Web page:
Each of Page’s players pulled their weight, including a show of force by former Mike Gordon engineer Jared Slomoff. Some of you may think, “Hey, you’re gonna play with Mike’s fucking dude and not Mike himself?,” but Slomoff did it all, playing electric piano, singing incredible harmonies and shredding key guitar solos. I’m pretty sure this album and tour is Jared’s first real gig, but he won’t stay unknown for long. Ironically, he came into the Phish world due to his vast knowledge and expertise about film — music is just a hobby for the guy. It’s time for a new hobby.
The other guitar player, Adam Zimmon, was a different kind of guitar player. Adam played with the Spam Allstars before joining Shakira’s touring band. I was kinda expecting a Hips Don’t Lie encore, but it wasn’t to be. Zimmon brought a much different guitar style than your typical jamband shred thing, and he brought a much different haircut as well. It’s not every show you see a musician in our scene rocking the Ryan Seacrest Meets Ron Wood Meets Beck hairdo. But Zimmon was especially adriot at adding great atmospheric layers to the mix, which isn’t to say he couldn’t create great solos, they just weren’t the stereotypical face-melters that Slomoff was laying down.
One of the things we looked forward to most about this show was seeing Gabe Jarrett play drums again: Jarrett showed intense chops in his days with Jamie Masefield’s Jazz Mandolin Project. Legendary jazz pianist and composer Keith Jarrett’s son is one of the rare drummers that can sound like he is playing on top of the beat without being obnoxious about it. And we weren’t let down at all, as Jarrett added his brand of silky but steady drumming to Team Page.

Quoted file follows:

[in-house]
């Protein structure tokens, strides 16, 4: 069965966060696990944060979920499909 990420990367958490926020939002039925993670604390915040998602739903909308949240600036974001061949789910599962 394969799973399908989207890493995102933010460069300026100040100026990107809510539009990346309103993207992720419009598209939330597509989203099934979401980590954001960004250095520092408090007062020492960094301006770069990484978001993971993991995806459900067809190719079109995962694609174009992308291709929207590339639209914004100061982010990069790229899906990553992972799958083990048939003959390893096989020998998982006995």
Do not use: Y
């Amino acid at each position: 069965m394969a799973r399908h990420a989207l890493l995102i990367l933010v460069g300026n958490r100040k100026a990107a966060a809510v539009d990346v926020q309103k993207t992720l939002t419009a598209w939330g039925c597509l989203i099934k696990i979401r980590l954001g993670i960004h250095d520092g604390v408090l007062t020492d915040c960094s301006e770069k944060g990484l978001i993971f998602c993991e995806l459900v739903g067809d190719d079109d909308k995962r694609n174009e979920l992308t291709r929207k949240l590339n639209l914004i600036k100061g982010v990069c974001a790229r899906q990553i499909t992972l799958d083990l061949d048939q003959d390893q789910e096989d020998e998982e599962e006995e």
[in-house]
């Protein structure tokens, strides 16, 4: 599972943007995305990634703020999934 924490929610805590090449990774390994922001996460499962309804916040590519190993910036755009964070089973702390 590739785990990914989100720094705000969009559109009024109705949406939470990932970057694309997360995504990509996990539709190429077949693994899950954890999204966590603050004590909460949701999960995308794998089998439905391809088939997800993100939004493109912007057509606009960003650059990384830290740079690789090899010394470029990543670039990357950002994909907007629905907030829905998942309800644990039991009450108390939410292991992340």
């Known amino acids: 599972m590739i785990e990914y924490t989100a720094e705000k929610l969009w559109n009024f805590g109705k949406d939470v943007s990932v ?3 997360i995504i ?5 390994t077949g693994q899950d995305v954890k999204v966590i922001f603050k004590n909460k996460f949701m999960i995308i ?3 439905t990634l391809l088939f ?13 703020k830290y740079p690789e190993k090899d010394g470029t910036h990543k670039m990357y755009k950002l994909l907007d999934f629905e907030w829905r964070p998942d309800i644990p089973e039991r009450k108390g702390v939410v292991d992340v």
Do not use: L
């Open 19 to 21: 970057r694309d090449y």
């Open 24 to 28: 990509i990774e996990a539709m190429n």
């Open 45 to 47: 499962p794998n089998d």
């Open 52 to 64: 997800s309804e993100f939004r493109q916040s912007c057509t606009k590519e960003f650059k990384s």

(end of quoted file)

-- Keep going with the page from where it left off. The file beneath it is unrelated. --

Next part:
Like any story, this show had a distinct beginning, middle and end. The bookends were nothing short of amazing, but there were definitely moments of boredom in the middle section. Still, this is the band’s third-ever gig, and we’ll surely give them the benefit of the doubt concerning the butterflies and the chemistry. There’s clearly room to grow, and this was as solid as start as we could’ve imagined.
But between the music and the crowd and the intermittent bits of nostalgia, this shit was the shit. We love listening to Page sing and play, and this band was always ready, willing, and able to improvise. The new album will grow on you more and more with each listen, and it was great to see the songs played to their full potential in concert. We’re getting goosebumps just thinking about how these guys might progress given a few tours under their belts.
Wednesday night’s experience was the exact opposite of the day when Trey Anastasio showed the world his Voltz at Higher Ground on April Fools Day in 2005. We left that show bummed about Trey’s future, while tonight we left with high hopes for Pagey Piano. Now this isn’t the type of band we would tour around with, but we certainly will be fucking stoked to see them once a tour.
Page played it pretty straight, but the crowd’s reaction to the solo, impromptu Strange Design before Everyone But Me in the two-song encore showed us the people still love the chairman. He brought his best new material (though, as our friend Chilly suggested, he left a few songs at home: Poor Leo Dies Of A Heartache Again, No One Asks The Chairman How He Feels Anymore, and My New Shirt Is Stained With Rivers Of Tears), and we’re not sure how you could have left with anything but joy in your heart and a smile in your pants.
Welcome back to the spotlight, Leo. We’ll see you in June at Irving Plaza…
April 4th, 2007
New York, NY
Back In The Basement
Rules I Don’t Know
Close to Home
Beauty of a Broken Heart
Enc: Strange Design, Everyone But Me
- Click here to stream Page’s recent World Cafe performance
- All photos by Adam Kaufman, except the lightboard and the full band